Jan M. Verrijcke, Arlington
The Donald can look calm, sensible and presidential when not attacked.
But hurt his pride during a debate and Trump turns into a child. He becomes narcissistic, insecure and petulant, and Hillary can successfully attack those character flaws.
Trump, however, does appeal to the white working class, and if that voter bloc turns out in the numbers needed, then a victory over Clinton is possible.
Also, Clinton may be making a fatal move by trying to reassemble the Obama coalition because people are just tired of the past seven years and may stay home Nov. 2.
Finally, she lacks any semblance of charisma or honesty and will forever be linked to Benghazi, and I won’t even bring up her emails.
Patrick M. Jenkins, Arlington
To many of us, the U.S. presidency stands for many things, not the least of which is the distinction as the leader of the free world. Trump’s demeanor, insensitivity, ego and grade-school-bully-style of leadership fall dismally short of that ideal.
To have the world see him in the Oval Office should make us hang our heads in shame.
Dan Hawe, Grapevine
Trump’s supporters claim to be the “silent majority.” I’ve seen the rallies, and they’re anything but silent.
As to that “majority” delusion: Roughly 50 percent of all eligible voters do not vote. So far, a whopping 3 percent of the nation’s total eligible voters have voted for Trump.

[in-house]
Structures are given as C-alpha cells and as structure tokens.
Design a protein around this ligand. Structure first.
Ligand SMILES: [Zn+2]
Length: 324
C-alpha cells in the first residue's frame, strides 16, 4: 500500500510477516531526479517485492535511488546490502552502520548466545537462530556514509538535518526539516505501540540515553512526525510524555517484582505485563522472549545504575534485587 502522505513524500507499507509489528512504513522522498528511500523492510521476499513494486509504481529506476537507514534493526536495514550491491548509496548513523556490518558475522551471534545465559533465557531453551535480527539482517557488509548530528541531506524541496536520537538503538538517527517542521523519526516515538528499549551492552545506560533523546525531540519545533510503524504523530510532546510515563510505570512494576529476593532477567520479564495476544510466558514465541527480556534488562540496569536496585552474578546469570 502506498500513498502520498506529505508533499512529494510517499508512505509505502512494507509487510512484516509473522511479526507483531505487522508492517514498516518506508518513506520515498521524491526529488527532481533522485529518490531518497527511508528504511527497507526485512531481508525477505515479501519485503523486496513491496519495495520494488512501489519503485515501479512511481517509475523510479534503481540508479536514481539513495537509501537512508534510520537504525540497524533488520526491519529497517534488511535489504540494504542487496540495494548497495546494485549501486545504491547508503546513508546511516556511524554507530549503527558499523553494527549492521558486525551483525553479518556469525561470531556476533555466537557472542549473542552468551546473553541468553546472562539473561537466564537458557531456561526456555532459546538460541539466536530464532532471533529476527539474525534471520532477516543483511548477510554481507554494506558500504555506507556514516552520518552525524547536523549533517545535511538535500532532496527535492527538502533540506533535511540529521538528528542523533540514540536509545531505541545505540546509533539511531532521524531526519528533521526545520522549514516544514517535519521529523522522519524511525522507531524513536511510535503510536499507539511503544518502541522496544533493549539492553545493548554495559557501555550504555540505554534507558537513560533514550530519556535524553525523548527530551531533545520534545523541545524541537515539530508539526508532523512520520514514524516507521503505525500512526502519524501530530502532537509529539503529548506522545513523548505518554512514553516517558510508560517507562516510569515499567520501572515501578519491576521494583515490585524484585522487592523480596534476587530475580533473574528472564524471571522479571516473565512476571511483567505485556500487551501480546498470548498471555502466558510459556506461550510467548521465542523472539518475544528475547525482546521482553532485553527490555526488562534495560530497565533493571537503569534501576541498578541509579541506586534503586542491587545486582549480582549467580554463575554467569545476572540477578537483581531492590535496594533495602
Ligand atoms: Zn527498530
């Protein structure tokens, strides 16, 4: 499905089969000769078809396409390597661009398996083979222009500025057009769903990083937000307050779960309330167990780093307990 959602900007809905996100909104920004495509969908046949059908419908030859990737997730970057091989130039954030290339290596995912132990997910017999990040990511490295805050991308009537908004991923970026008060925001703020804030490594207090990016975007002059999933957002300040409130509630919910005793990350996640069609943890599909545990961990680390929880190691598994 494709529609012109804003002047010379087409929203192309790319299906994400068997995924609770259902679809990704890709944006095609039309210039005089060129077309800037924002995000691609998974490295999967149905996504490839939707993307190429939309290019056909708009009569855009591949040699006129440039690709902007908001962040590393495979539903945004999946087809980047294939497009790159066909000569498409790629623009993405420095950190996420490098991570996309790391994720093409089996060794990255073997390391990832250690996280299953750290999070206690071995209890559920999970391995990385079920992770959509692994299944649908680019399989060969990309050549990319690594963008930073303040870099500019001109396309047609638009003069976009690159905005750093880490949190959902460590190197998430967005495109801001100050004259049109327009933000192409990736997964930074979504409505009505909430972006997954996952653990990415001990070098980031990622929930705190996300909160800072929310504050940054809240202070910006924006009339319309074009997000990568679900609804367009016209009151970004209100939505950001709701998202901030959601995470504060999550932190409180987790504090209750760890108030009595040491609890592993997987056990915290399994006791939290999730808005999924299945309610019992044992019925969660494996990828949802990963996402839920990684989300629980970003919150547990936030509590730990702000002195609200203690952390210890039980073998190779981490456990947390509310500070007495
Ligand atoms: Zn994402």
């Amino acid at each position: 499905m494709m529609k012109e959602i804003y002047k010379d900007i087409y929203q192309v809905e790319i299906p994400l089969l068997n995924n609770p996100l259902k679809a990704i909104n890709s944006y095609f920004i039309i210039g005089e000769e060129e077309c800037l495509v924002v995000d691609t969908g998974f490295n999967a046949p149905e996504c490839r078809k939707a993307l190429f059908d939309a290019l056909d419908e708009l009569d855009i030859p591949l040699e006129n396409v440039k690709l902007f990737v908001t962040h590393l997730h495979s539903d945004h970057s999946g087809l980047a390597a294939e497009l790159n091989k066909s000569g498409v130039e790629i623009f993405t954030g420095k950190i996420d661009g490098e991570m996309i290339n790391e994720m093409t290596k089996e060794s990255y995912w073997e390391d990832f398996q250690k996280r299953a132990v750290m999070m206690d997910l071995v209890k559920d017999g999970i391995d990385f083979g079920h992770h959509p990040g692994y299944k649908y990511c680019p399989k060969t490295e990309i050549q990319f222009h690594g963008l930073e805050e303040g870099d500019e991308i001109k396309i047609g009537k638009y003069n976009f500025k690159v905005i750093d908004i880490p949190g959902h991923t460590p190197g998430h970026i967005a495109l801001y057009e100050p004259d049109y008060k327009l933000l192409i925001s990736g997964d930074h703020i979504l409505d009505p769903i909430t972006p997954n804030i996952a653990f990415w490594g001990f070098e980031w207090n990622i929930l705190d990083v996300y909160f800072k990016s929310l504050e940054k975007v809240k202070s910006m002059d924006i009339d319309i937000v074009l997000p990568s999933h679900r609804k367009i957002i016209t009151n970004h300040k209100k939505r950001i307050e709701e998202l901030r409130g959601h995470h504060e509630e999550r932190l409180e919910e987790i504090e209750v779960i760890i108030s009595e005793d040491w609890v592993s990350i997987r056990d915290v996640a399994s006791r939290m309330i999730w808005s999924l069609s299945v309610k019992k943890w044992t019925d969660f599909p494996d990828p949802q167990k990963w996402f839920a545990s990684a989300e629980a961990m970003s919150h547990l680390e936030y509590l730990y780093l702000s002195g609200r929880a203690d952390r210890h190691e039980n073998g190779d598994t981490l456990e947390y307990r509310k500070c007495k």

If you call that a majority, you need to go back to school, shut up and pay attention this time.
Stephen L. Kelly, Arlington
If Vice President Joe Biden were running for president, Trump would be crying like a baby. Where is a solid Democrat to cut him down to size?
Jack Durham Sr., Fort Worth
On the Republican side, we have an unnatural-born candidate and a confirmed draft dodger.
On the Democratic side, we have a socialist and a member of one of our royal families.
Jim Sanderson, Fort Worth
It’s ironic to see so many people comparing Trump to Hitler. It’s his leftist critics who are trying to shut down free speech and disrupt (otherwise) peaceful assemblies.
They oppose free speech for anyone who disagrees with them, and their attacks on Trump are the same that they’ve done and will do to anyone who doesn’t conform.
I voted against Trump once and will do so again. But he’s not nearly the threat to this country as these left-wing hooligans, who act more like fascists than Trump ever has.
Tom Glenn, Fort Worth
No one would argue that the leading GOP candidate for president is the personification of a narcissist. Other terms often connected with him are sociopath, hubris, hypocrite, liar and demagogue.
It’s time to swat down this caricature of a candidate before it’s too late.
Robert J. Vann II, Fort Worth
Trump is almost certain to be nominated. But if he were denied the nomination, even though he has a plurality, he could run as a third party candidate and split the GOP vote. Bad news for the Republicans.
Don’t count Bernie out. Now that the South is finished voting, he is in much more favorable territory, culminating in California with more than 500 delegates.
Blerim Elmazi, Arlington
Do you know of anything that could possibly be worse than electing a lying, climate-denying, torture-loving, immigrant-hating, narcissistic, bigoted bully to become president?
Sharon Austry, Fort Worth
The integrity of the GOP is at hand. Do not allow the establishment to disregard the voters.
Eva Snapka, Arlington